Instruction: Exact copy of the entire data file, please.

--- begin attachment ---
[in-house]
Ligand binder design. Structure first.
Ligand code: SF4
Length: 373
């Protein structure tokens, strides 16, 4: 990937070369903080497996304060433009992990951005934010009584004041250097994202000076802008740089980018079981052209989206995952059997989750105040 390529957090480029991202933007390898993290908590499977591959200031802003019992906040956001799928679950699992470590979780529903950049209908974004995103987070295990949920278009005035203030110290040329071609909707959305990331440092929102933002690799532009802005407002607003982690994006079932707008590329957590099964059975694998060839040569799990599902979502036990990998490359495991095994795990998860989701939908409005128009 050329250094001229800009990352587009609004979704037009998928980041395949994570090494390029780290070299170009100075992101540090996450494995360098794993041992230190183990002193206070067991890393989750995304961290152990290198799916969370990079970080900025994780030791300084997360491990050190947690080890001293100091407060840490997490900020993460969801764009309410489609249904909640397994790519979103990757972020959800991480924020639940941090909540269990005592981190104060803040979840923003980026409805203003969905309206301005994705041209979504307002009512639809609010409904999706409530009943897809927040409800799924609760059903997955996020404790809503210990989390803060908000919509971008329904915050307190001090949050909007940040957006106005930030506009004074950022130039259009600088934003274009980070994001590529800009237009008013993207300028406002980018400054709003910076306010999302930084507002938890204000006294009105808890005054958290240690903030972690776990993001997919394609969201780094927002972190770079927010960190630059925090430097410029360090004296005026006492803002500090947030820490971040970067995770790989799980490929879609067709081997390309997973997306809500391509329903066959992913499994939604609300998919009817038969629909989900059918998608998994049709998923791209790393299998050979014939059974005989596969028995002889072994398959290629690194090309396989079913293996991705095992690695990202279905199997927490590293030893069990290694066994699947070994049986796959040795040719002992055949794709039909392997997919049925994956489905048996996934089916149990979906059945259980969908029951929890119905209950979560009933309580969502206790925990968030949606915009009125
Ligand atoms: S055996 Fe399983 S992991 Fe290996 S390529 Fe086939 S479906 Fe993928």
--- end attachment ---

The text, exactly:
[in-house]
Ligand binder design. Structure first.
Ligand code: SF4
Length: 373
């Protein structure tokens, strides 16, 4: 990937070369903080497996304060433009992990951005934010009584004041250097994202000076802008740089980018079981052209989206995952059997989750105040 390529957090480029991202933007390898993290908590499977591959200031802003019992906040956001799928679950699992470590979780529903950049209908974004995103987070295990949920278009005035203030110290040329071609909707959305990331440092929102933002690799532009802005407002607003982690994006079932707008590329957590099964059975694998060839040569799990599902979502036990990998490359495991095994795990998860989701939908409005128009 050329250094001229800009990352587009609004979704037009998928980041395949994570090494390029780290070299170009100075992101540090996450494995360098794993041992230190183990002193206070067991890393989750995304961290152990290198799916969370990079970080900025994780030791300084997360491990050190947690080890001293100091407060840490997490900020993460969801764009309410489609249904909640397994790519979103990757972020959800991480924020639940941090909540269990005592981190104060803040979840923003980026409805203003969905309206301005994705041209979504307002009512639809609010409904999706409530009943897809927040409800799924609760059903997955996020404790809503210990989390803060908000919509971008329904915050307190001090949050909007940040957006106005930030506009004074950022130039259009600088934003274009980070994001590529800009237009008013993207300028406002980018400054709003910076306010999302930084507002938890204000006294009105808890005054958290240690903030972690776990993001997919394609969201780094927002972190770079927010960190630059925090430097410029360090004296005026006492803002500090947030820490971040970067995770790989799980490929879609067709081997390309997973997306809500391509329903066959992913499994939604609300998919009817038969629909989900059918998608998994049709998923791209790393299998050979014939059974005989596969028995002889072994398959290629690194090309396989079913293996991705095992690695990202279905199997927490590293030893069990290694066994699947070994049986796959040795040719002992055949794709039909392997997919049925994956489905048996996934089916149990979906059945259980969908029951929890119905209950979560009933309580969502206790925990968030949606915009009125
Ligand atoms: S055996 Fe399983 S992991 Fe290996 S390529 Fe086939 S479906 Fe993928």